During the microscopic evaluation they look for ciliary movement, beat frequency, and defects in the structure. The defects in structure can include protein or number of dynein arms and radial spokes. Most commonly the structural defect is an absent or inadequate amount of dynein arms. While looking at the frequency and movement of the cilia, if they beat less than 10Hz/second it is an indication of Kartagener’s syndrome. (Bergstrom, Sten-Erik) While genetic and microscopy diagnosis is very definitive, it is time-consuming and very expensive.

Cheaper, more instant diagnostic procedures, which are commonly done before the genetics testing, are available in the clinical setting. A diagnostic bronchoscopy is considered the gold standard because the physician can examine the mucous membrane and get samples needed for the microscopic analysis. Less invasive tests are also highly recommended when diagnosing Kartagener’s syndrome. (Oakley, Darlene) This includes a pulmonary function test, which commonly shows an obstructive lung disorder.

Hyperinflation and air trapping caused by the disease process results in a decreased FEV1/FVC ratio, as well as decreased inspiratory flow. Another common way to help diagnose Kartagener’s syndrome is a computed tomography scan which will show hyperinflation. As well as CT scans, a chest radiograph is an effective way to identify clinical manifestations and anatomical alterations. The chest x-ray of a patient with Kartagener syndrome will document hyperinflation, thickening of bronchial wall, increased density, and darkening of the lung fields (Clinical Manifestations).

If the patient has situs inversus it will also be apparent on the chest x-ray. Non-invasive means of diagnosing may also include the saccharin test and nitrous oxide test, but they are not as commonly used due to practicality. (Bergstrom, Sten-Erik) Since Kartagener’s syndrome is incurable the general management of the patient is key to giving them the best life possible. Treatment options include mucus clearance, medications, and preventative modalities. Chest physiotherapy treatment is one of the most important treatment modalities due to the cilia movement causing inadequate secretion removal.

Since traditional chest therapy is not practical, especially with children, most patients use a high-frequency chest wall oscillator vest. The use of anti-tussive medications is discouraged because coughing is one of the few ways to remove the secretions. Some physicians may even prescribe flutter therapy to loosen or mobilize the secretions. (Perinatal and Pediatric Resp. Care) Medication therapy is also an effective way to manage the disease process. Nebulized humanDnase, or Pulmozyme helps reduce sputum viscosity, improve function, and results in less infections.

Actelcysteine, known by the brand name, Mucomyst are used to thin out the secretions is effective, but research is still being done to see how effective it is. Bronchodilator and beta 2 antagonist help alleviate symptoms associated with Kartagener’s syndrome. Since Kartagener’s syndrome is not preventable, most of the therapy is used to decrease risk of infection. (Perinatal and Pediatric Resp. Care). As a result of chronic respiratory infections being the main issue of Kartagener’s syndrome, prophylactic antibiotics are given to help reduce the incidence of bacterial infections.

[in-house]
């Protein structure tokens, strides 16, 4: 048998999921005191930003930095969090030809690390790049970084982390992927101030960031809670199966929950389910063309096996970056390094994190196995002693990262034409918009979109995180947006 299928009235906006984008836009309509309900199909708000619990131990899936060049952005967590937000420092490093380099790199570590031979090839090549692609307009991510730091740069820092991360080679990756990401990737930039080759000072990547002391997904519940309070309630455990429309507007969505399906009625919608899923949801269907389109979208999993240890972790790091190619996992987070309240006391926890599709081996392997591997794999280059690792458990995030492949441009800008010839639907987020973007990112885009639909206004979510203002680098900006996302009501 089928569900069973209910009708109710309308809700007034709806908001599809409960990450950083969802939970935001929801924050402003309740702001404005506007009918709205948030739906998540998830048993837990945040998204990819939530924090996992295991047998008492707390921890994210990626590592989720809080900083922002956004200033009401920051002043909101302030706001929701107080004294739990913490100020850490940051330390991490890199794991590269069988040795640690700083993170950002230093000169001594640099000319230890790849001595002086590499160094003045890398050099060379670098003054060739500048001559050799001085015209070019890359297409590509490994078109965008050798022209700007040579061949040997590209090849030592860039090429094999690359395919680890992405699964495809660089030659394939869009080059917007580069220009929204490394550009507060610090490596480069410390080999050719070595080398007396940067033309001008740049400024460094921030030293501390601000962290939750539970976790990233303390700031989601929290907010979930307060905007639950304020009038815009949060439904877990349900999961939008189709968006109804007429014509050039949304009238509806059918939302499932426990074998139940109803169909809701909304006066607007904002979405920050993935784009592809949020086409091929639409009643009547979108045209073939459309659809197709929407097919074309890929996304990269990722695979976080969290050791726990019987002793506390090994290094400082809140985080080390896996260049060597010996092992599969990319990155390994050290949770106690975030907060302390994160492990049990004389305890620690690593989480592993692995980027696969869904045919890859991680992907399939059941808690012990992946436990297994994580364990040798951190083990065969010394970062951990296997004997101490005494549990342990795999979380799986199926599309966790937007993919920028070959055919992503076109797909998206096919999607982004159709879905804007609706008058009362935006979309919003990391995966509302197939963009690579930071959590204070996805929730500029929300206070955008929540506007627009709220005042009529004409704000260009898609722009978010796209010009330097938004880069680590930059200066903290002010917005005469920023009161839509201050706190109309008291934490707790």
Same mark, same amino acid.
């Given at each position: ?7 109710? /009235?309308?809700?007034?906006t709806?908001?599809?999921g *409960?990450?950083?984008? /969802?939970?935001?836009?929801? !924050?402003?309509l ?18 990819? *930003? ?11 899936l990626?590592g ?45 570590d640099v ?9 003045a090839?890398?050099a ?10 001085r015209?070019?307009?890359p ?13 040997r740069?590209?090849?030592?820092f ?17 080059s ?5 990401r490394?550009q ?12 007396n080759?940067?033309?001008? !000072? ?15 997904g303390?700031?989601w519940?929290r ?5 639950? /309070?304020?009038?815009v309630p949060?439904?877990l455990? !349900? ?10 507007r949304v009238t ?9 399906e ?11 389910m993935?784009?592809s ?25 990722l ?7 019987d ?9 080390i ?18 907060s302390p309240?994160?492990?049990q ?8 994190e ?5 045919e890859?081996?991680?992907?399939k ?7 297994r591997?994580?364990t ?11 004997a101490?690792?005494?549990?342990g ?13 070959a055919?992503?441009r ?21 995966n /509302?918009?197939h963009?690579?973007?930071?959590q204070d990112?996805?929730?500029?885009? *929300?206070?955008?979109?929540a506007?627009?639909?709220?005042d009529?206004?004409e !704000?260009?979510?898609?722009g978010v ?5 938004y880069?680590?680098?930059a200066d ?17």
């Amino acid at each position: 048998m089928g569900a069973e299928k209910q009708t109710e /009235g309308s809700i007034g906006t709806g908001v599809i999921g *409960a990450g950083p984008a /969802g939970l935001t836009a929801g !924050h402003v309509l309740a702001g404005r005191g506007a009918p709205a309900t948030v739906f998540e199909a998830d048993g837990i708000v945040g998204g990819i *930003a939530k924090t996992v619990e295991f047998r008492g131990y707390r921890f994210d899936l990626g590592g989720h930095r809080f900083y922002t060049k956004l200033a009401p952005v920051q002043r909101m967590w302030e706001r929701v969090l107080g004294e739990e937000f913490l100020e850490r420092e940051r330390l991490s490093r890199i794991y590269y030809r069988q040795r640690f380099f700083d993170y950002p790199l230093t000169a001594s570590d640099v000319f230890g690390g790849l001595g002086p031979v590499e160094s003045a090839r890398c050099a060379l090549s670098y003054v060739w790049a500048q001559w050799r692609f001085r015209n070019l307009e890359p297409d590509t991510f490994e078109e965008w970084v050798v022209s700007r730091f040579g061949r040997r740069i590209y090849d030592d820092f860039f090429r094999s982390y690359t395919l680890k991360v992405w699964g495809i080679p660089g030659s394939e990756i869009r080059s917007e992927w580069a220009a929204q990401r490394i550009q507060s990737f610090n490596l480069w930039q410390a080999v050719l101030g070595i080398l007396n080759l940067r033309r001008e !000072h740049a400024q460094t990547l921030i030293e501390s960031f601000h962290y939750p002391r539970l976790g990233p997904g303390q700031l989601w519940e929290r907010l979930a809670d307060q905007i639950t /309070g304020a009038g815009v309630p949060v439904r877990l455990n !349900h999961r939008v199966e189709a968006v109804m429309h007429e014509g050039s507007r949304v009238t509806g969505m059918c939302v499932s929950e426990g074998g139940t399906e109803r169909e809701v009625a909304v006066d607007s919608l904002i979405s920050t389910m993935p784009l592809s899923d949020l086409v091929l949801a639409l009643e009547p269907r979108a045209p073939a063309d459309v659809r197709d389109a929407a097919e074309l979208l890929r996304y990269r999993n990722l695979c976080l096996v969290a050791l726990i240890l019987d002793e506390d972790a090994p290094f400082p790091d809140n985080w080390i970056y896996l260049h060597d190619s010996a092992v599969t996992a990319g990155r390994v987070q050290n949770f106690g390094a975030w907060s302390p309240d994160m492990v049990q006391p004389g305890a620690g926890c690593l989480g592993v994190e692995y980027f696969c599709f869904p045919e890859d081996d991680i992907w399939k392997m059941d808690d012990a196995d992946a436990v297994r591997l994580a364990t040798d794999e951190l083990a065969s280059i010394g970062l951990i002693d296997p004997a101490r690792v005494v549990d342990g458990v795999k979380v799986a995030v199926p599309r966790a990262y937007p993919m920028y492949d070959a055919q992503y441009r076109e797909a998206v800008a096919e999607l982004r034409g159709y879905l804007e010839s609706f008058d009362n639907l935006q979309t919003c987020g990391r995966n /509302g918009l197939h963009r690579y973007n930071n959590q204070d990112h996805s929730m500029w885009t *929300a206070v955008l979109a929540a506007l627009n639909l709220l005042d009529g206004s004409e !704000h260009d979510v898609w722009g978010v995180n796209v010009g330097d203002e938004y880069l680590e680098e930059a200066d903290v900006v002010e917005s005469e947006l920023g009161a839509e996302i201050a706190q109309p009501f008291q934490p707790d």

Vaccines should be given to patients with Kartagener’s syndrome to prevent serious illnesses include pneumococcal and influenza (Oakley, Darlene). I was curious what treatments consisted of and how they changed especially with children as they age, so I asked a mother who’s children have Kartagener’s syndrome. She stated that “The biggest thing that has changed since they were infants is their ability to communicate how they are feeling to me such as if their lungs feel tight or extra gunky. They do their 30 minute treatments morning and night with their neb medications” (Wilmsmeyer, Mandy).

Raising awareness and teaching the patient, especially while young, the signs of increased work of breathing as well as infections can help prevent infections and other complications before they can begin. As well as preventative measures, most Pulmonologists require you have at least one appointment with them a year as well as having you take a Pulmonary Function Testing annually to make sure your condition is not worsening. Due to the presence of chronic ear infections, hearing loss can be a major problem.

Hearing loss is treated with tympanostomy tubes and hearing aids, as well as speech therapy. (Zariwala) In conclusion, Kartagener’s syndrome is a genetic disorder that affects the cilia within the mucous membranes throughout the nose, lungs, and sinuses, as well as reproductive system. There are many clinical manifestations and anatomical alterations that can cause problems within the body. Treatment options are a wide variety but most are preventative rather than treating the underlying cause itself. With successful and adequate care, most patients are able to live a normal life.

This includes playing sports and living an active lifestyle. In fact, when asked “Are there any specific things such as treatments your children must do before their games or practices? ”, a mother of three children with Kartagener’s syndrome responded with “They tend to get a little more winded than most kids due to lower lung function. We usually don’t need to do any extra treatments though” (Wilmsmeyer, Mandy). Not only are people affected by this condition able to enjoy everyday activities that people without the condition can, it helps keep their lungs healthy.